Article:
4. Cleantech Open volunteers genuinely want to help every team succeed in business: With the networking alone, you’ll start to connect to some of the right people (though networking is always a numbers game and you never know its true value until later). More than that, however, Cleantech Open volunteers want to see innovation succeed. For more on this, see post II below.
  5. Win or lose, your company messaging will improve: Whether it’s your elevator pitch, legal needs, target market or customer connections, the Cleantech Open will point you in the right direction. For more on this, see posts III, IV and V below.

Top Five Worst Things in the Cleantech Open

  1. Very disorganized; needs more staff support: This was the true constant in the Cleantech Open. If they want to grow, they need to invest in the proper infrastructure, but those costs could well change its value. For more on this, see posts I, II, IV and VI below.
  2. Not all regions and personnel are created equal: Whether it’s the amount of finalists, the engagement of personnel, or what state you’re in (in proximity to where the regional events are held), your experience can vary. Call up past semifinalists in your state and check. For more on this, see post III below.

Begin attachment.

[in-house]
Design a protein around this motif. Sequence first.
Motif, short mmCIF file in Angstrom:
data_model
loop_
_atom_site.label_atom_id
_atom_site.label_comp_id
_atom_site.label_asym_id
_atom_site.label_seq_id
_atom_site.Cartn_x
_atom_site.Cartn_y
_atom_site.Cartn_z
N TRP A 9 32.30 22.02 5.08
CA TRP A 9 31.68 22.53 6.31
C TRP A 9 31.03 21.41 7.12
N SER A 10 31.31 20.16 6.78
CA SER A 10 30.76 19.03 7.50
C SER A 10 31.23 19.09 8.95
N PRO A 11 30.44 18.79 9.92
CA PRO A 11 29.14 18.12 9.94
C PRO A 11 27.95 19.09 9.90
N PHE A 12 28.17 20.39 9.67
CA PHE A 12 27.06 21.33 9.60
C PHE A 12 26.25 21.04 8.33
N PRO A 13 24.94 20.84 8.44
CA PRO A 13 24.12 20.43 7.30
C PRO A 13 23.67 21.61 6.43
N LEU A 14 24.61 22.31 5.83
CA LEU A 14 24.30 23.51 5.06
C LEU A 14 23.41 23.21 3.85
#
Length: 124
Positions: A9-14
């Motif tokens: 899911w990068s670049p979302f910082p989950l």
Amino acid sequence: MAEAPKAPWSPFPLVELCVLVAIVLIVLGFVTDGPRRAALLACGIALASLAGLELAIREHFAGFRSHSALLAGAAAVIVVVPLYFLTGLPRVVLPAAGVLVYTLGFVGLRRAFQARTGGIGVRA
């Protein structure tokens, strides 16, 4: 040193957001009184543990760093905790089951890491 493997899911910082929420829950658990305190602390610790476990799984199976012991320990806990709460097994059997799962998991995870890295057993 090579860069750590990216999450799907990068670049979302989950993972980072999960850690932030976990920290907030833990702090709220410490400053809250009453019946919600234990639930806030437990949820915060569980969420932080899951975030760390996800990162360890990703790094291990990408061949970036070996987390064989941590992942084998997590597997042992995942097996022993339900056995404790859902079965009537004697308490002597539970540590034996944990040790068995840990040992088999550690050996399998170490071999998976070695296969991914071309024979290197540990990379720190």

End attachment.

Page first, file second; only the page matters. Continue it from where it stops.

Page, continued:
3. The worksheets are frustrating and have little value (especially to an established company): Whether it’s meaningless deadlines, shifting requirements, or the sheer amount of busy work (especially with the webinars) for a product that doesn’t have that much value in the Cleantech Open or the business world, the worksheets — at least with their current form and emphasis — are a waste of time and effort. Additionally, much of the education materials throughout default to the lowest common denominator, meaning the more basic info you know, the less you learn. For more on this, see posts IV and V below.
  4. Some judges will continually miss the value of your product: People mess up and have biases, and since the judges in the Cleantech Open are no different, it doesn’t matter what you say, some will miss or misconstrue what you present (even if those worksheets were supposed to help ease that problem). This can happen as early as the application phase or as late as final judging, but it will happen. For more on this, see posts I, VI and VII below.